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    Ok, it seems apparent that degrees can be grouped into two main types: vocational and non vocational. As far as i understand, vocational courses lead to specific careers/jobs, whereas non vocational degrees dont really lead to any distinct career/jobs.


    What i want to know is if Psychology is regarded as a vocational or non vocational degree? I would much rather prefere it being a non vocational degree as career-wise, this would lead to more doors being left open in the future.

    I started Uni for the first time this sept and hated the course so i dropped out (although not officially yet). Im considering doing Psychology next year instead but really dont want to make the same mistake of choosing the wrong course again.

    If psyc is percieved as a non vocational degree, then this would work in my favour as im not too sure what i want to do in terms of a career.

    Any help/advice is much appreciated...
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    I'd say non-vocational, because it opens precisely zero doors.*





    *please forgive my stereotypical blatant pig headed dislike for social sciences.
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    (Original post by Iscariot)
    I'd say non-vocational, because it opens precisely zero doors.*





    *please forgive my stereotypical blatant pig headed dislike for social sciences.

    Why do you say that, What dont you like abotu the social sciences??
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    I don't know, they just irk me somehow. People who study sociology and other 'soft' sciences just fit this general stereotype of the girl who isn't really that smart but is trying desperately hard to impress people or the artistic young male who wears all black but can think of nothing more fun than arguing over the wording of one of philosophy's fine scholars essays. I know quite a few people who've graduated from courses such as philosophy, history, sociology, human relations, international conflict and psychology who have said that they've found it difficult to find jobs because the subjects aren't really associated with any practical uses within society.

    While I think psychology definately is a work in progress, especially with regards to biochemistry and neuroscience, a lot of people view psychology as just studying Milgram's experiment and discussing how interesting the results are - humans are influnenced by what people tell them to do - then what? Where next?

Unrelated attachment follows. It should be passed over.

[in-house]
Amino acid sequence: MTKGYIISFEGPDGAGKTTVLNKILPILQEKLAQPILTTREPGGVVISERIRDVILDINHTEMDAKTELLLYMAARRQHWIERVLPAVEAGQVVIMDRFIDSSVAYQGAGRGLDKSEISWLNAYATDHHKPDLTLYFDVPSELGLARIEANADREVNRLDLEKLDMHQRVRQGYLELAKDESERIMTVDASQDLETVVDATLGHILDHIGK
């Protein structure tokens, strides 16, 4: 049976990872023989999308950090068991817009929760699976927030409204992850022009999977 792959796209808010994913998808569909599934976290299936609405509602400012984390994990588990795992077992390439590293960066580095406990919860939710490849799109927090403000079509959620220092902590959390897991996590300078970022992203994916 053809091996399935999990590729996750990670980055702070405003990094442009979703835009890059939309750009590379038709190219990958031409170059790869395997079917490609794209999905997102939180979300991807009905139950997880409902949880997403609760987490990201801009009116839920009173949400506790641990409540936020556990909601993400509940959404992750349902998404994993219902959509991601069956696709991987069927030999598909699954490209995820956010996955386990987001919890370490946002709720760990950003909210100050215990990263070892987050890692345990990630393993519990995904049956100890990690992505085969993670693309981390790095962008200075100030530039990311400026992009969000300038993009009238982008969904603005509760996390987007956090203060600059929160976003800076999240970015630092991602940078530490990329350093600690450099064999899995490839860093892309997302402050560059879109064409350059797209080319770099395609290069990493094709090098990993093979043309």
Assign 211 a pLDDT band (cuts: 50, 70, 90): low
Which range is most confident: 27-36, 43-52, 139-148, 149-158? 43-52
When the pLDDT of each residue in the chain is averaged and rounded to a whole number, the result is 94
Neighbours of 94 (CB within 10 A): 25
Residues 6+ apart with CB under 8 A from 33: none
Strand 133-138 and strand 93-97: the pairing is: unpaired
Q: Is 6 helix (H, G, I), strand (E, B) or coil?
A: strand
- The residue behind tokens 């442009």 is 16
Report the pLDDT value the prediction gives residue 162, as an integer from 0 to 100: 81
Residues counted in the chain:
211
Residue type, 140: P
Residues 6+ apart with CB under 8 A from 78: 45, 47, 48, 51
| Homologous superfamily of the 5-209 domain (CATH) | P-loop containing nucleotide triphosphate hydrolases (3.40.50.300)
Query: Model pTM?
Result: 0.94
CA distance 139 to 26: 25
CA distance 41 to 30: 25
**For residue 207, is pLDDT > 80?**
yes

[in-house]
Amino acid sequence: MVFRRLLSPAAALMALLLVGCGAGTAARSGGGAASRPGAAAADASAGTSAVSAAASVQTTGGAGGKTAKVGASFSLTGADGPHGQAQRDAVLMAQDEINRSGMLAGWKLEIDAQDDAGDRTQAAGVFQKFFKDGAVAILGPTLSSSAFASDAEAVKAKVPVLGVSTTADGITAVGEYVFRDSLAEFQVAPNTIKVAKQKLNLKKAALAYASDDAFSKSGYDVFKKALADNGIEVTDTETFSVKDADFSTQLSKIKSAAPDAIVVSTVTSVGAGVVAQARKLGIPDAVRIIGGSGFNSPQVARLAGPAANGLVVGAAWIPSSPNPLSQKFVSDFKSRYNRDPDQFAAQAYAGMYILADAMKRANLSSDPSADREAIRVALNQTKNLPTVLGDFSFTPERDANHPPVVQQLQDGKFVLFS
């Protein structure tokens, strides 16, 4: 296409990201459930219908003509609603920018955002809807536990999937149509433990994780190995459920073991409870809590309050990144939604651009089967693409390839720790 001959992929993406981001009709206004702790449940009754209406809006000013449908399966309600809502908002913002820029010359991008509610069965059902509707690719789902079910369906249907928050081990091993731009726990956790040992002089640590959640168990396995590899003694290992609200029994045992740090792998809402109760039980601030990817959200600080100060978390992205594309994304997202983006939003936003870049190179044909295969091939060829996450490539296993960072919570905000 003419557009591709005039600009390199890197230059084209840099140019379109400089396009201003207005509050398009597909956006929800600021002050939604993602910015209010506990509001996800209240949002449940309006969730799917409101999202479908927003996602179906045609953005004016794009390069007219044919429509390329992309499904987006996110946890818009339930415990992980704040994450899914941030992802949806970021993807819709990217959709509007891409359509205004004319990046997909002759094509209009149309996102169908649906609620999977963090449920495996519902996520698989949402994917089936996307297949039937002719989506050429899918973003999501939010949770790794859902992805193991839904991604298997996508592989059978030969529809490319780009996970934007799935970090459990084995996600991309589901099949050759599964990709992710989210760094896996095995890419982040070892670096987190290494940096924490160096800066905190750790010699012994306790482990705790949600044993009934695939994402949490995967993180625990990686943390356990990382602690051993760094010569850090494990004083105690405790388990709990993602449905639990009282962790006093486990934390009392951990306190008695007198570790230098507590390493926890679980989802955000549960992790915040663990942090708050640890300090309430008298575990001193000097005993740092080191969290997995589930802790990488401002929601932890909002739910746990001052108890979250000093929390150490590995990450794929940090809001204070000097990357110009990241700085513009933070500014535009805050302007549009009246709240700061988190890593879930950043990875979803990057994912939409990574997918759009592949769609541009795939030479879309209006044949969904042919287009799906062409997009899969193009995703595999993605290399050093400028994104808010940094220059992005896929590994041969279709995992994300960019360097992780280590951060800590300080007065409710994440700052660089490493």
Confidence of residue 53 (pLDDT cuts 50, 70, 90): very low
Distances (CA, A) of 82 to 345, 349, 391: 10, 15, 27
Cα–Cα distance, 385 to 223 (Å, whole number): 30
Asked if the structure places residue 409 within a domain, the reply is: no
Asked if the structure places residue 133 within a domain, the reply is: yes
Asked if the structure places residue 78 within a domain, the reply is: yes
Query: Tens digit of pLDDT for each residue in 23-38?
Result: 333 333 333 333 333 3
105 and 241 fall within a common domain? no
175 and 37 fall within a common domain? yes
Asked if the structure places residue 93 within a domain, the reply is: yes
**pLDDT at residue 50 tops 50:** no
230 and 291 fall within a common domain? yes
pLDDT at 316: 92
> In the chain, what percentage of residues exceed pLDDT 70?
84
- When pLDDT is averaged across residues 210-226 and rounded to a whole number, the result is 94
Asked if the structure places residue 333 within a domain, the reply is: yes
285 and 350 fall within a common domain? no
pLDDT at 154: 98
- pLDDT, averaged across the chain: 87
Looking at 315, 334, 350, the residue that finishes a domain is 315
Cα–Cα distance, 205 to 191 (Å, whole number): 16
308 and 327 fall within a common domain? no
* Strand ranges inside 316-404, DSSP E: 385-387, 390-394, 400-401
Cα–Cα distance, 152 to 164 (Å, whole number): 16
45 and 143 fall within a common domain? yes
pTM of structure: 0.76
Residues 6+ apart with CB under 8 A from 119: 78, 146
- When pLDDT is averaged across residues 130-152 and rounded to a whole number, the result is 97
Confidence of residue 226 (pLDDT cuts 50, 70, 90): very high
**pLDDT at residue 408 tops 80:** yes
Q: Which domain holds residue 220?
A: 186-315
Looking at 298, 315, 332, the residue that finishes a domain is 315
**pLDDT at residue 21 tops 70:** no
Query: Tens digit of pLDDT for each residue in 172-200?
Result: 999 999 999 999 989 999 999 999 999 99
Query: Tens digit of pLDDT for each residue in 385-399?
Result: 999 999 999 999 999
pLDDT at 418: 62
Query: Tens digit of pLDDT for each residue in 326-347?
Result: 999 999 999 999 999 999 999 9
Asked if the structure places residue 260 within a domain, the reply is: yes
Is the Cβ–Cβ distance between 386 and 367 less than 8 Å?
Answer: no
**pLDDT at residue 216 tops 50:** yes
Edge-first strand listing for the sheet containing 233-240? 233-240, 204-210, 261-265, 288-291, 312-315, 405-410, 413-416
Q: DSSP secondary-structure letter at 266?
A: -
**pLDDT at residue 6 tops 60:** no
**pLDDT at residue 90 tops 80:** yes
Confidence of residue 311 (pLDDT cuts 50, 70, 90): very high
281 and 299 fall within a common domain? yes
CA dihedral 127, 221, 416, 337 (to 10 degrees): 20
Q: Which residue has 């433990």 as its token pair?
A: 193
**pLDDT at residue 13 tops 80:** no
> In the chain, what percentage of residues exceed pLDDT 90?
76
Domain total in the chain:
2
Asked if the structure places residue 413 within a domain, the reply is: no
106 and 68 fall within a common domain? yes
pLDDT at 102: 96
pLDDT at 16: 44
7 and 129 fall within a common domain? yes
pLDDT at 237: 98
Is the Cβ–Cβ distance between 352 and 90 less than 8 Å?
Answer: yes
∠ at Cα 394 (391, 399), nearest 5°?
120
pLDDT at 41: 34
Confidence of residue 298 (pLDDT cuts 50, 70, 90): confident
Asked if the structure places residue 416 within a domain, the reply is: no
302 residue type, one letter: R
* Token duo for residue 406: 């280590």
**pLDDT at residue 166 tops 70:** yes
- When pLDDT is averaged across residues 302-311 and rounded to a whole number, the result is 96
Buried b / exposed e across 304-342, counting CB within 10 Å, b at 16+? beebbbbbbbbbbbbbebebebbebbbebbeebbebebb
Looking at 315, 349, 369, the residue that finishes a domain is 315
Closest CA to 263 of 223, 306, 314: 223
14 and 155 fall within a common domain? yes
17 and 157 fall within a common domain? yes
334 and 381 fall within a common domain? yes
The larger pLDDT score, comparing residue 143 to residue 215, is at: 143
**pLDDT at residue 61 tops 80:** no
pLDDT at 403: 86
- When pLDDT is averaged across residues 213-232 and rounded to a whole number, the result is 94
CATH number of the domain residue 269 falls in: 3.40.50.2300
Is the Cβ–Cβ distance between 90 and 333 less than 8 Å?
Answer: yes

Maybe I'm just old fashioned and need to get with the times, but I just think social sciences, of which I'm going to include psychology, are basically useless in finding a job. While some people say they aren't going to university to further their job prospects, I think that really is the point in university, to find a better job, and I don't believe social sciences really contribute to that goal.
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    Vocational degrees generally lead to 'a job'..not 'a job in _____' so it doesn't really matter that you don't know what you want to do yet. Everyone wants to do psychology - allegedly 1 in 12 students at my university! I'm not exactly sure why! If you look at any university's info on what psychology students do after graduation you will find that a lot are in non-graduate level jobs or jobs that don't really relate to psychology; of course there are exceptions - I'm sure quite a few psychology students have been successful in finding suitable jobs.
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    (Original post by b_lineaddict)
    Why do you say that, What dont you like abotu the social sciences??
    Don't get people started! They claim to be all things to all people for a start. They are NOT sciences, they are quasi-scientific and they tolerate the absurd at times.
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    (Original post by ChemistBoy)
    quasi
    pronounced "crazy"
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    (Original post by ThePenguinMafia)
    pronounced "crazy"
    Or "Completely bow locks"